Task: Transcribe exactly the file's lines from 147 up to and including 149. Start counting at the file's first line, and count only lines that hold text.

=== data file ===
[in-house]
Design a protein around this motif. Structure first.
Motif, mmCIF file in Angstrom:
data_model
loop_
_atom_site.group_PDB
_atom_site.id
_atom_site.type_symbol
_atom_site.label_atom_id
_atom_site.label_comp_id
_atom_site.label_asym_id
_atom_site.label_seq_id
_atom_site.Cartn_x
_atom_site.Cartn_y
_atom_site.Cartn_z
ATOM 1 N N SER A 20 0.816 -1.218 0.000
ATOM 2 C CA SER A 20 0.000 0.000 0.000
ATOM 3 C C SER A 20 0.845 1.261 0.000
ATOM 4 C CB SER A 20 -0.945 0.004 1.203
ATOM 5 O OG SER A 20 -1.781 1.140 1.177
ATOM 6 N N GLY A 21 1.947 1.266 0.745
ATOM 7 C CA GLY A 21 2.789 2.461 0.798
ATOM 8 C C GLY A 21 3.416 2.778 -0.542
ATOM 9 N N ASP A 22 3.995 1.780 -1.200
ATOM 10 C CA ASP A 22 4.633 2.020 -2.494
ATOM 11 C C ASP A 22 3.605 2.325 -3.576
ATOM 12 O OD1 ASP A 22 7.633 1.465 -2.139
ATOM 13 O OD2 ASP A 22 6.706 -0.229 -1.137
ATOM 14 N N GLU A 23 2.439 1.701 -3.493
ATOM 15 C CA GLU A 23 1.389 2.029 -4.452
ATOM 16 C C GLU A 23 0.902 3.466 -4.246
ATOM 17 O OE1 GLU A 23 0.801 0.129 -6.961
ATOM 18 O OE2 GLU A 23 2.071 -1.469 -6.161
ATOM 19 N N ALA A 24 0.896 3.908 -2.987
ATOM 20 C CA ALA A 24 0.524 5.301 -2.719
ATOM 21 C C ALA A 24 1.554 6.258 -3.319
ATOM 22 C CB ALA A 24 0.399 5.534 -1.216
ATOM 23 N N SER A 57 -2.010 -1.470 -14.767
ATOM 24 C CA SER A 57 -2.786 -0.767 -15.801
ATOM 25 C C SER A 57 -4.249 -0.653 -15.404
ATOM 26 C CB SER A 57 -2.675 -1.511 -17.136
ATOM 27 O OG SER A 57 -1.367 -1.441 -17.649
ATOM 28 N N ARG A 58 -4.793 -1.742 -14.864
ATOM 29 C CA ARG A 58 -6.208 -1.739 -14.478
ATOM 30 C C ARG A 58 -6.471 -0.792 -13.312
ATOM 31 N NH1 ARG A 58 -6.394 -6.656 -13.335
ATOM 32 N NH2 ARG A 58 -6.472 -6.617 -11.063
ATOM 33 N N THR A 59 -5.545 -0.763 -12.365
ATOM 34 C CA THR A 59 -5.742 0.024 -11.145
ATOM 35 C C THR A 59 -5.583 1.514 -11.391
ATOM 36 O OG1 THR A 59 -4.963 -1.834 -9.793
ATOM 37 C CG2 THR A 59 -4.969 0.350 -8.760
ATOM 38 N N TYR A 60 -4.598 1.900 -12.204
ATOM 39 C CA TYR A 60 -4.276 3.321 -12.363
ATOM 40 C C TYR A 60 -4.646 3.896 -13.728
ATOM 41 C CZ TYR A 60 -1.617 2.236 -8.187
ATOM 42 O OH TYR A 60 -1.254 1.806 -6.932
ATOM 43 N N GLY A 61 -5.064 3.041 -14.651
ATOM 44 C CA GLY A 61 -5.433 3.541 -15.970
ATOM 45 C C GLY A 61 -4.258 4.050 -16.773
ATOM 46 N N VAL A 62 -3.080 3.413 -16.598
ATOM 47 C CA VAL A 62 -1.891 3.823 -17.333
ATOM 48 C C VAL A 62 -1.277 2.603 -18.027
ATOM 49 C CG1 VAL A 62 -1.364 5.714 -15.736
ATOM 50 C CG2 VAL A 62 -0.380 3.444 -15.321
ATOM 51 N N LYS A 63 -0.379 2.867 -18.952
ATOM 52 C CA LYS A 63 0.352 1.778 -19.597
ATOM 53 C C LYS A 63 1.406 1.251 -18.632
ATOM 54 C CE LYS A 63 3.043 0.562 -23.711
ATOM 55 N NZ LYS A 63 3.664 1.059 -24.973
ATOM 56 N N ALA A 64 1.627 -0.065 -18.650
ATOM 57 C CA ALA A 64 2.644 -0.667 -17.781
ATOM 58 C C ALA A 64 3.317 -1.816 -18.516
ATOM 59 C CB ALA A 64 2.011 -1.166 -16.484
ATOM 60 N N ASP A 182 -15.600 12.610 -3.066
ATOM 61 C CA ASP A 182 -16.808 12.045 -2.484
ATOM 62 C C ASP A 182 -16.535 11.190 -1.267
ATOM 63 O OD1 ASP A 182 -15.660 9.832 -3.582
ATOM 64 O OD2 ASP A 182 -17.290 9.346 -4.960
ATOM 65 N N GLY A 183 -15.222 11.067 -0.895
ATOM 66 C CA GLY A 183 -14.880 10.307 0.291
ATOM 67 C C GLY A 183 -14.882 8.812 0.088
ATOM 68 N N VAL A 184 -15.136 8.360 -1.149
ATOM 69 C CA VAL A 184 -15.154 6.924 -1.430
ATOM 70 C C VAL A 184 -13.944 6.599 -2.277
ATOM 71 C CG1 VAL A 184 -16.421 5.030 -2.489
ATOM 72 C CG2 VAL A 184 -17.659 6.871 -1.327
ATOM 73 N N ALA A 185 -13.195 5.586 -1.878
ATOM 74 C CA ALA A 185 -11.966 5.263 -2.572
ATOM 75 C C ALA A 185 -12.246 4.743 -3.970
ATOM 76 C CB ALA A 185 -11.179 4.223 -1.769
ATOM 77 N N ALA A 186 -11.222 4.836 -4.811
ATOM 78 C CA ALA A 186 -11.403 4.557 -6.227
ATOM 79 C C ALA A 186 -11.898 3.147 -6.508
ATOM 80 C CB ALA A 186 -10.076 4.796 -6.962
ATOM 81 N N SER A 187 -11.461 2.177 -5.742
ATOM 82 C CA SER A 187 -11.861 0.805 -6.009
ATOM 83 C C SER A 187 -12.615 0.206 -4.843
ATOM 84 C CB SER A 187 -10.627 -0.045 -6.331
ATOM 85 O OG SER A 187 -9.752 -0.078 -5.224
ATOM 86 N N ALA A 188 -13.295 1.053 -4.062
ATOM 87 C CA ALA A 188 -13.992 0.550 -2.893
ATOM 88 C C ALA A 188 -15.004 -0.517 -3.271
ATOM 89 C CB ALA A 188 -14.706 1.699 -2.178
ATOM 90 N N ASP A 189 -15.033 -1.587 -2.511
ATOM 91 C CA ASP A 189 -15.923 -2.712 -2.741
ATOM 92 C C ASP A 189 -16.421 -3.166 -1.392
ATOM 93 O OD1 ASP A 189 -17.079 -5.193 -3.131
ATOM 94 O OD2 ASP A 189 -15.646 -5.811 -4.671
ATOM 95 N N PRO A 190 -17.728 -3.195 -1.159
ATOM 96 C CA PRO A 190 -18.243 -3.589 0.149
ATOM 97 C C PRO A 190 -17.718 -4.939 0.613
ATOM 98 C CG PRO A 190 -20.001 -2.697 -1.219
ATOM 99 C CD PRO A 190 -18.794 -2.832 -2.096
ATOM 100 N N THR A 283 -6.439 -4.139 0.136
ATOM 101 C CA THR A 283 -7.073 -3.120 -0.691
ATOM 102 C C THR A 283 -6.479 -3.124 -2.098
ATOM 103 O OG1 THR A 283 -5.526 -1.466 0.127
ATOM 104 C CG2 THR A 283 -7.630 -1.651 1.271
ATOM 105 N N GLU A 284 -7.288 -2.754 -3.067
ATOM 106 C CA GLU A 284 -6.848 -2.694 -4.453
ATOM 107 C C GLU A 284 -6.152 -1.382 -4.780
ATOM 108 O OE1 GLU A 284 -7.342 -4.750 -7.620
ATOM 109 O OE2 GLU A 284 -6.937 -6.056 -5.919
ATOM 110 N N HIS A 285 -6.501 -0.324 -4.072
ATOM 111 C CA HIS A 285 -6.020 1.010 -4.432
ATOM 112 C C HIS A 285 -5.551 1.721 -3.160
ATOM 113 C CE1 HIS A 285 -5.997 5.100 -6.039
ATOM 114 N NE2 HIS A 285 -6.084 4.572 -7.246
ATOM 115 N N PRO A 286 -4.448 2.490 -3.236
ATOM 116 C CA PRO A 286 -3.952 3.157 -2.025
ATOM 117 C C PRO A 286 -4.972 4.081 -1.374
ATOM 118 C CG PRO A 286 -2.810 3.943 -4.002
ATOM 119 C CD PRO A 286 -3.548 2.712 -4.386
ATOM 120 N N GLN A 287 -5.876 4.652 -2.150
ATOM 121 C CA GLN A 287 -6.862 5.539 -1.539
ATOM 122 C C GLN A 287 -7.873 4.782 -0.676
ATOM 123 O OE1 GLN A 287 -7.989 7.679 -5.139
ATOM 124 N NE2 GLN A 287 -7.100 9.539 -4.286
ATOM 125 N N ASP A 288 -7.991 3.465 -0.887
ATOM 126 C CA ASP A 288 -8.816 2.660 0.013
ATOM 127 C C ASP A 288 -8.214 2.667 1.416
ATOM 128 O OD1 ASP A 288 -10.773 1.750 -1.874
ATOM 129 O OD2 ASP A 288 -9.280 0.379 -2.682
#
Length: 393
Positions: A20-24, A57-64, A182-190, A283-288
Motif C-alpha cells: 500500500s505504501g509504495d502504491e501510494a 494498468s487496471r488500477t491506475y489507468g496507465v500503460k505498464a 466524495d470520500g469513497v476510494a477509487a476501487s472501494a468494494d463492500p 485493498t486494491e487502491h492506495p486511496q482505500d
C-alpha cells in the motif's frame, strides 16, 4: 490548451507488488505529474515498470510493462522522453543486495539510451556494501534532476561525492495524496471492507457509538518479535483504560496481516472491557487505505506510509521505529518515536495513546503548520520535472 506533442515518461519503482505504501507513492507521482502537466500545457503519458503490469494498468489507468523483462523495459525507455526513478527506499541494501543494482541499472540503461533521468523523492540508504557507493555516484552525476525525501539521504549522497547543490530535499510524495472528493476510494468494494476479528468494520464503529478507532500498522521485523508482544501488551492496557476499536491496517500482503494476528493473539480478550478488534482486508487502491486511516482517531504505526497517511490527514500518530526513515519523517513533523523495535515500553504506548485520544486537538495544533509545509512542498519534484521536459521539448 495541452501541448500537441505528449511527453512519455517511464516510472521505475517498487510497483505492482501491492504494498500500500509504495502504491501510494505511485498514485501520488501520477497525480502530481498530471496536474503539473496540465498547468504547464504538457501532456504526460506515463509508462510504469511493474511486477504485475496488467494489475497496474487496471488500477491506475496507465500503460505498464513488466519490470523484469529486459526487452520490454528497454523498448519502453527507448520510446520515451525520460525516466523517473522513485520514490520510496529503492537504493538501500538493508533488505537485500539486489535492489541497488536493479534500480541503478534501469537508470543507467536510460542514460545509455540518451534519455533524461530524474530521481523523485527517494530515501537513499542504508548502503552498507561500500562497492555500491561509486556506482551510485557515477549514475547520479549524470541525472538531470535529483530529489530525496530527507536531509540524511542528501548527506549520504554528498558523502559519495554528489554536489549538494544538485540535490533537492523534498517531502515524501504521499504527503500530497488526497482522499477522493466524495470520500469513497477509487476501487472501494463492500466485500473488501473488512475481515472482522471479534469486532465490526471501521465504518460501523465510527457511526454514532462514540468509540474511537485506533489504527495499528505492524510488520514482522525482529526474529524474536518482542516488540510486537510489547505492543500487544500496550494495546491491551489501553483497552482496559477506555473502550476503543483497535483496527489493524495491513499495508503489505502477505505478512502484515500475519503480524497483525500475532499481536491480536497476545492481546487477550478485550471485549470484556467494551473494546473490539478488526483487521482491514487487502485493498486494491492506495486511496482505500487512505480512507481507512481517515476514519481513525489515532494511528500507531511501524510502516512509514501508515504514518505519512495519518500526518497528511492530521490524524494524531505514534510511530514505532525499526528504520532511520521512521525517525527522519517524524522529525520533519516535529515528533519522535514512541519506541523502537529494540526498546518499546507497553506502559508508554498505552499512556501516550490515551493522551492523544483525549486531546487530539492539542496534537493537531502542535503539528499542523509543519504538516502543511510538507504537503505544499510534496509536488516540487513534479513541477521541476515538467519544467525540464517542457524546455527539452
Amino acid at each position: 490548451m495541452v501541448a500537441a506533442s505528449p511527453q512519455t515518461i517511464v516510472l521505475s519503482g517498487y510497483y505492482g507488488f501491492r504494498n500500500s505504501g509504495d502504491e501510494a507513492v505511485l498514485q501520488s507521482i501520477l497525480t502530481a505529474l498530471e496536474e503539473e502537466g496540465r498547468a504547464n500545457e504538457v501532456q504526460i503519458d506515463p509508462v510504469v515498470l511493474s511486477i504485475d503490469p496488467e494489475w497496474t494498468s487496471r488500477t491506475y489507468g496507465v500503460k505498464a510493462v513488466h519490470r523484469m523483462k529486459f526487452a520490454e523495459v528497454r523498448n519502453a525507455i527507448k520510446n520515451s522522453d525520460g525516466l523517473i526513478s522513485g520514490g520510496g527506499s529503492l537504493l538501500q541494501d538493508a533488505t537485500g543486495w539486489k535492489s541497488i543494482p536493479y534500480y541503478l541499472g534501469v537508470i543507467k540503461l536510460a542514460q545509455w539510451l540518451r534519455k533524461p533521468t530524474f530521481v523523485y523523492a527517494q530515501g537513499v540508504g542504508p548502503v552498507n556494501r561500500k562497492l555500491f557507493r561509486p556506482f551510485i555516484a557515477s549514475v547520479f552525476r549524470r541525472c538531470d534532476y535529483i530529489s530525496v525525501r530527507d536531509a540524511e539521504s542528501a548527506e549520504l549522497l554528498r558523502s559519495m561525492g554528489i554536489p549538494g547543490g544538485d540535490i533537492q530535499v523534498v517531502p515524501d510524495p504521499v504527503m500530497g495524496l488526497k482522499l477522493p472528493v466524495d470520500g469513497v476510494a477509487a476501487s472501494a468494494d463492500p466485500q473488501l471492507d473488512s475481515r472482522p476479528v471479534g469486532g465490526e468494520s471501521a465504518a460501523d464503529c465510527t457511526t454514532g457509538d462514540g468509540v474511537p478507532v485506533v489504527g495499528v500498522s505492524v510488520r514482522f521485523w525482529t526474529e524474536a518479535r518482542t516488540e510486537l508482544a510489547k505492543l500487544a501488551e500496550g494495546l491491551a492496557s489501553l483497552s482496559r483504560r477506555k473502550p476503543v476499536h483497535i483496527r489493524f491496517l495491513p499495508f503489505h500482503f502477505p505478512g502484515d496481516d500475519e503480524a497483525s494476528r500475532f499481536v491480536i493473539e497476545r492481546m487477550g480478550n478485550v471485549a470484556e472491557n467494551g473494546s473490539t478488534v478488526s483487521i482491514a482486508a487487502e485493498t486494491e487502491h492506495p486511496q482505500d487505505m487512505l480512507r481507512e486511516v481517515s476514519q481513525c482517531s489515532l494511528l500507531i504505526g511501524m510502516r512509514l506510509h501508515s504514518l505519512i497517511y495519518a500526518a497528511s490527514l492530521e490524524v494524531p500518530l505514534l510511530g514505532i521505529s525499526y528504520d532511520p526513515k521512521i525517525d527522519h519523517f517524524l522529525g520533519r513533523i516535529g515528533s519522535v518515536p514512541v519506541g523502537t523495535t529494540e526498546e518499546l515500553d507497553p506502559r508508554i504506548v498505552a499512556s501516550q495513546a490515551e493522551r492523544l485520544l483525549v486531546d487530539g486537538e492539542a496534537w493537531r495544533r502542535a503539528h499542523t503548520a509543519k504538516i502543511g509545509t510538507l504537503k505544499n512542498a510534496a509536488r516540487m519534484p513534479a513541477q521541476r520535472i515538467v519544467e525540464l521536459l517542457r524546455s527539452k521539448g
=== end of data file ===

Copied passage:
Positions: A20-24, A57-64, A182-190, A283-288
Motif C-alpha cells: 500500500s505504501g509504495d502504491e501510494a 494498468s487496471r488500477t491506475y489507468g496507465v500503460k505498464a 466524495d470520500g469513497v476510494a477509487a476501487s472501494a468494494d463492500p 485493498t486494491e487502491h492506495p486511496q482505500d
C-alpha cells in the motif's frame, strides 16, 4: 490548451507488488505529474515498470510493462522522453543486495539510451556494501534532476561525492495524496471492507457509538518479535483504560496481516472491557487505505506510509521505529518515536495513546503548520520535472 506533442515518461519503482505504501507513492507521482502537466500545457503519458503490469494498468489507468523483462523495459525507455526513478527506499541494501543494482541499472540503461533521468523523492540508504557507493555516484552525476525525501539521504549522497547543490530535499510524495472528493476510494468494494476479528468494520464503529478507532500498522521485523508482544501488551492496557476499536491496517500482503494476528493473539480478550478488534482486508487502491486511516482517531504505526497517511490527514500518530526513515519523517513533523523495535515500553504506548485520544486537538495544533509545509512542498519534484521536459521539448 495541452501541448500537441505528449511527453512519455517511464516510472521505475517498487510497483505492482501491492504494498500500500509504495502504491501510494505511485498514485501520488501520477497525480502530481498530471496536474503539473496540465498547468504547464504538457501532456504526460506515463509508462510504469511493474511486477504485475496488467494489475497496474487496471488500477491506475496507465500503460505498464513488466519490470523484469529486459526487452520490454528497454523498448519502453527507448520510446520515451525520460525516466523517473522513485520514490520510496529503492537504493538501500538493508533488505537485500539486489535492489541497488536493479534500480541503478534501469537508470543507467536510460542514460545509455540518451534519455533524461530524474530521481523523485527517494530515501537513499542504508548502503552498507561500500562497492555500491561509486556506482551510485557515477549514475547520479549524470541525472538531470535529483530529489530525496530527507536531509540524511542528501548527506549520504554528498558523502559519495554528489554536489549538494544538485540535490533537492523534498517531502515524501504521499504527503500530497488526497482522499477522493466524495470520500469513497477509487476501487472501494463492500466485500473488501473488512475481515472482522471479534469486532465490526471501521465504518460501523465510527457511526454514532462514540468509540474511537485506533489504527495499528505492524510488520514482522525482529526474529524474536518482542516488540510486537510489547505492543500487544500496550494495546491491551489501553483497552482496559477506555473502550476503543483497535483496527489493524495491513499495508503489505502477505505478512502484515500475519503480524497483525500475532499481536491480536497476545492481546487477550478485550471485549470484556467494551473494546473490539478488526483487521482491514487487502485493498486494491492506495486511496482505500487512505480512507481507512481517515476514519481513525489515532494511528500507531511501524510502516512509514501508515504514518505519512495519518500526518497528511492530521490524524494524531505514534510511530514505532525499526528504520532511520521512521525517525527522519517524524522529525520533519516535529515528533519522535514512541519506541523502537529494540526498546518499546507497553506502559508508554498505552499512556501516550490515551493522551492523544483525549486531546487530539492539542496534537493537531502542535503539528499542523509543519504538516502543511510538507504537503505544499510534496509536488516540487513534479513541477521541476515538467519544467525540464517542457524546455527539452